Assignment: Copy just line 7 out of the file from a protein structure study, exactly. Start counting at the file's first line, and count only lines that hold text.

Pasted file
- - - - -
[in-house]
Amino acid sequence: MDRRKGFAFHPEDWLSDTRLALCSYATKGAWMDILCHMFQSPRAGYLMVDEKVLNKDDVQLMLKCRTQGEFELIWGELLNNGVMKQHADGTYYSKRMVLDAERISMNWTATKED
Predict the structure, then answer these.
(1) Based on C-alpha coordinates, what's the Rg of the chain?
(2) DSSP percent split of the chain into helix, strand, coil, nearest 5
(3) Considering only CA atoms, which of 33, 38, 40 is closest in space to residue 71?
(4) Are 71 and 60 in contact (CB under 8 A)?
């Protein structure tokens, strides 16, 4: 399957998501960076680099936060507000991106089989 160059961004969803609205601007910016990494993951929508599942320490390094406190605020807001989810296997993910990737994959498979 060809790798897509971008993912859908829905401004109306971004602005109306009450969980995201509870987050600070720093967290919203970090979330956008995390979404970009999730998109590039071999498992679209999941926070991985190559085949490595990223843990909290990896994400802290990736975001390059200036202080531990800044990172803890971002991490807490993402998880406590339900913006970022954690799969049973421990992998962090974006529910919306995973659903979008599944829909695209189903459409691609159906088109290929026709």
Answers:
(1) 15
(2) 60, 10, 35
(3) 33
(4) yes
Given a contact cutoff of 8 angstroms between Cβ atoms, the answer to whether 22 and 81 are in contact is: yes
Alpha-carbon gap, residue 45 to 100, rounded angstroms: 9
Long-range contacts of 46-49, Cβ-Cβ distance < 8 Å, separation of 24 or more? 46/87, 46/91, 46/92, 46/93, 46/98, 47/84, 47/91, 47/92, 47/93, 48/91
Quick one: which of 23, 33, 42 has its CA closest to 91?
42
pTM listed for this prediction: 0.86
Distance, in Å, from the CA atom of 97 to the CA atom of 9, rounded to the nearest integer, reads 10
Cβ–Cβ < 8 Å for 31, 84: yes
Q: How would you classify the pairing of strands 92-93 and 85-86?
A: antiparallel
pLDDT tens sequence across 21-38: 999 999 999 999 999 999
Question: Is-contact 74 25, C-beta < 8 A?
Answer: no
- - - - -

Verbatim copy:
(4) Are 71 and 60 in contact (CB under 8 A)?